The pig appears again and again, in many contexts, throughout Gravity's Rainbow. A number of studies have explored the way the pig image functions in the novel, but many of them are flawed by attempts to impose a single reading of the image. Not that one reading is correct and the others not: as with many aspects of Pynchon's writing, the truth is more complex. We were warned as early as The Crying of Lot 49 to beware the pitfalls of either/or thinking. The prevailing view of the pig as a symbol of transgression, detailed most thoroughly in Allon White's Bakhtinian reading, considers perhaps the primary function of the pig in GR. This function, however, is only one component of a multifaceted image.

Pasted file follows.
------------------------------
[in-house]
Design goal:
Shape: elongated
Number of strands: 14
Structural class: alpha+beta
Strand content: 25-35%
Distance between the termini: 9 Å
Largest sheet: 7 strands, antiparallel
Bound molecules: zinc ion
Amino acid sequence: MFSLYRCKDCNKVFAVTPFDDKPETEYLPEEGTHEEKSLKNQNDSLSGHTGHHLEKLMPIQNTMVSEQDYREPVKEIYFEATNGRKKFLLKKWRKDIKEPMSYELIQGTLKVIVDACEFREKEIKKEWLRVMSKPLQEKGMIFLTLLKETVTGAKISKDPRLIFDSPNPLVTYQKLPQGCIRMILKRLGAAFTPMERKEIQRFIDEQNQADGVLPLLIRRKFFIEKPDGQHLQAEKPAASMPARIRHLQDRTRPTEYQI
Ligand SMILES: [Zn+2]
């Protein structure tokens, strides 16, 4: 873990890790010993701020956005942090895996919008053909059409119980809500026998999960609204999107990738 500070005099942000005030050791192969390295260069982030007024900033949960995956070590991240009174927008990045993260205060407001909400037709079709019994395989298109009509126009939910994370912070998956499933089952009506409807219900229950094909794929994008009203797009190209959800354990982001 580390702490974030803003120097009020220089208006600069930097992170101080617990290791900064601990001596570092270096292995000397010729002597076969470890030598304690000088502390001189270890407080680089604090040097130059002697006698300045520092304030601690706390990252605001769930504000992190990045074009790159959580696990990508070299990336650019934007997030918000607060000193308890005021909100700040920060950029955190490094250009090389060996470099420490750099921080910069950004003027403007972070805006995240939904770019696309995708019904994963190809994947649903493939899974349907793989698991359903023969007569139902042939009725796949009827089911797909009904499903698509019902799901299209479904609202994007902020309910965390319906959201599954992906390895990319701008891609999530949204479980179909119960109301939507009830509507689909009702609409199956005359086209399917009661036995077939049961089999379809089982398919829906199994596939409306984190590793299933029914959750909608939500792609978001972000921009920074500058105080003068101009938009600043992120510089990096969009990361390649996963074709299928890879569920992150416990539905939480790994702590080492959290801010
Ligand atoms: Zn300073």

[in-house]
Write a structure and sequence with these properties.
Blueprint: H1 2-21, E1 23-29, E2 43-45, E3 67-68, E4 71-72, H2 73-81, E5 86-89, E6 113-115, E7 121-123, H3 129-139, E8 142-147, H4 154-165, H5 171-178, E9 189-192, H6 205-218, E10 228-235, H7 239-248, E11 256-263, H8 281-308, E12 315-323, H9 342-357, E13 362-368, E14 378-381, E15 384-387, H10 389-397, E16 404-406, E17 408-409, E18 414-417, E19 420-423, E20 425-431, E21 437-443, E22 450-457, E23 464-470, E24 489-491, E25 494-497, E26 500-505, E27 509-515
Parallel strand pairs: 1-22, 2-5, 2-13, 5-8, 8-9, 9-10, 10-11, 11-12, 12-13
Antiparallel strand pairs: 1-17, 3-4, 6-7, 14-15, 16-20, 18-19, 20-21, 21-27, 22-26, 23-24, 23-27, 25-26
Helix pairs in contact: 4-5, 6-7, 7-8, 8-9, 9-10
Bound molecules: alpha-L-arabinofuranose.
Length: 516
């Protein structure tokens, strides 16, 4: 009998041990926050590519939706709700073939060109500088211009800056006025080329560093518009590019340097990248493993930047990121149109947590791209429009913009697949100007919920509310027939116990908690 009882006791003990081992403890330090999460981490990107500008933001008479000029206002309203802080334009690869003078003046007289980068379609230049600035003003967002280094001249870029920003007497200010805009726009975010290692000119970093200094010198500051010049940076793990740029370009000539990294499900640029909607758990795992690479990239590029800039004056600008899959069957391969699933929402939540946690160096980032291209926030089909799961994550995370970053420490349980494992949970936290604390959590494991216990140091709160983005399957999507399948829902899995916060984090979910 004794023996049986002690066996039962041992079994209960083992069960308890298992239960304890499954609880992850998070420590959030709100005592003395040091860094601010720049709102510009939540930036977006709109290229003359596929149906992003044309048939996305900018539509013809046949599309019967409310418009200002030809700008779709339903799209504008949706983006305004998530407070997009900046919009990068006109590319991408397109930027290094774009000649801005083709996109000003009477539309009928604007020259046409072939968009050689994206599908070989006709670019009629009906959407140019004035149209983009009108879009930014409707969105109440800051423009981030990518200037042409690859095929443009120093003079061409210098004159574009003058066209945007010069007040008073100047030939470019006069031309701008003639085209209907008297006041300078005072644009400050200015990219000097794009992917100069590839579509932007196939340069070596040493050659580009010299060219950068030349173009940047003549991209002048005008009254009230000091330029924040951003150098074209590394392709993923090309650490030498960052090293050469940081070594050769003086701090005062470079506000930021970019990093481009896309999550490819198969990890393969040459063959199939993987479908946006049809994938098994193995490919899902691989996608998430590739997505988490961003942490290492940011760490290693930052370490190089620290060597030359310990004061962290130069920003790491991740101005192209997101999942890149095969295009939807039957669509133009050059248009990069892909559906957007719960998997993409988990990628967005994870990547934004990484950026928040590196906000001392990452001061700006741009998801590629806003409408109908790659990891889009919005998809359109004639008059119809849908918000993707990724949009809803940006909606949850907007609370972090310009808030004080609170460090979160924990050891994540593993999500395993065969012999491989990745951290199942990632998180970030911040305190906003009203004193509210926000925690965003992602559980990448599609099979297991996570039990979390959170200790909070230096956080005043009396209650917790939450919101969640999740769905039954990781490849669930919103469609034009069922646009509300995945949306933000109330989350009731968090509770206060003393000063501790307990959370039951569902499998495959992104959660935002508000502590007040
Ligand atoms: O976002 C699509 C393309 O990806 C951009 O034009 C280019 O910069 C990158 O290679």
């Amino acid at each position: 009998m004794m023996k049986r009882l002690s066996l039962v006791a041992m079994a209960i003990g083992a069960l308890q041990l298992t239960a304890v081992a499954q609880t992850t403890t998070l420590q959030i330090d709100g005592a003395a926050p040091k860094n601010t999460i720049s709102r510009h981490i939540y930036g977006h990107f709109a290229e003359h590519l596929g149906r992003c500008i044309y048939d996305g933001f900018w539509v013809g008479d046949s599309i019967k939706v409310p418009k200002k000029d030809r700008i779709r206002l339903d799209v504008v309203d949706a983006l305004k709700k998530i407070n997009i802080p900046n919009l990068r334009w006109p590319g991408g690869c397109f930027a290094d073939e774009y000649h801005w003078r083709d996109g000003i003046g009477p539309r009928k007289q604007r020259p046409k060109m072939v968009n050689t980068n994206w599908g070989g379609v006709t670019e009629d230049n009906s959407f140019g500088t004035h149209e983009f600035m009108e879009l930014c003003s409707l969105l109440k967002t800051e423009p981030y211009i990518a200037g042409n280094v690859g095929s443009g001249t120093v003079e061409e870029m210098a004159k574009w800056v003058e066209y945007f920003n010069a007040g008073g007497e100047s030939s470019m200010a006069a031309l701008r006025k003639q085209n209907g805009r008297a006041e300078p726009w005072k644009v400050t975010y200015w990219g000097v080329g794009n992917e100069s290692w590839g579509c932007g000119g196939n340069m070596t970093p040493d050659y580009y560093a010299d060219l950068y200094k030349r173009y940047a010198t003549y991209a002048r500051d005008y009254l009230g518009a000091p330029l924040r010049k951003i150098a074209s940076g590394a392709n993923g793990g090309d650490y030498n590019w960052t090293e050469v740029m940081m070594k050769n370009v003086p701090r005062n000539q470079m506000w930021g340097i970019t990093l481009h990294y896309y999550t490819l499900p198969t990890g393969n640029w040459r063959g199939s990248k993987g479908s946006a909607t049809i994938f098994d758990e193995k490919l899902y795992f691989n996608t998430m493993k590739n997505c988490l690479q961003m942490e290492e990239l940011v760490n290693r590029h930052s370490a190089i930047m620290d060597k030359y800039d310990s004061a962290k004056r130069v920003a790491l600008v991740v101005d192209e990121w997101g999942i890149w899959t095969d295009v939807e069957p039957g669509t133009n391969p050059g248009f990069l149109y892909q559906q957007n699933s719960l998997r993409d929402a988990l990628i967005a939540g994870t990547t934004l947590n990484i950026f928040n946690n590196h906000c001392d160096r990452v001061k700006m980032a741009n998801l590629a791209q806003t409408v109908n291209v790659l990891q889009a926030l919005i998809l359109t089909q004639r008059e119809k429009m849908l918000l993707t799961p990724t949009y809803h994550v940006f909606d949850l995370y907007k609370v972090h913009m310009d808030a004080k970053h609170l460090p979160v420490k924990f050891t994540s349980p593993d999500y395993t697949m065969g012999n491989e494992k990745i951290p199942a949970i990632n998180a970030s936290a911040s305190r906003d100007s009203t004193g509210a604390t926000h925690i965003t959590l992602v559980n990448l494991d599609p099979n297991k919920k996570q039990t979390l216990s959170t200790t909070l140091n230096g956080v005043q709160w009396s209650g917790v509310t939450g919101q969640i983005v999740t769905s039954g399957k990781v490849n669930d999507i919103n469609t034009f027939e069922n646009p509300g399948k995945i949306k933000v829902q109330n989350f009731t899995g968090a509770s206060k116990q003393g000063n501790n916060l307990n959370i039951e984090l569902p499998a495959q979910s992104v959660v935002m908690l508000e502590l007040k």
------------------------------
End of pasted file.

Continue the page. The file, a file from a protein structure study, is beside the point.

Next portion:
How to Cite:
J. Hurley, P., (2001). Pynchon, Grimm and Swinish Duality: A Note on the Pig Image in Gravity's Rainbow. Pynchon Notes. (46-49), pp.208–210. DOI: http://doi.org/10.16995/pn.99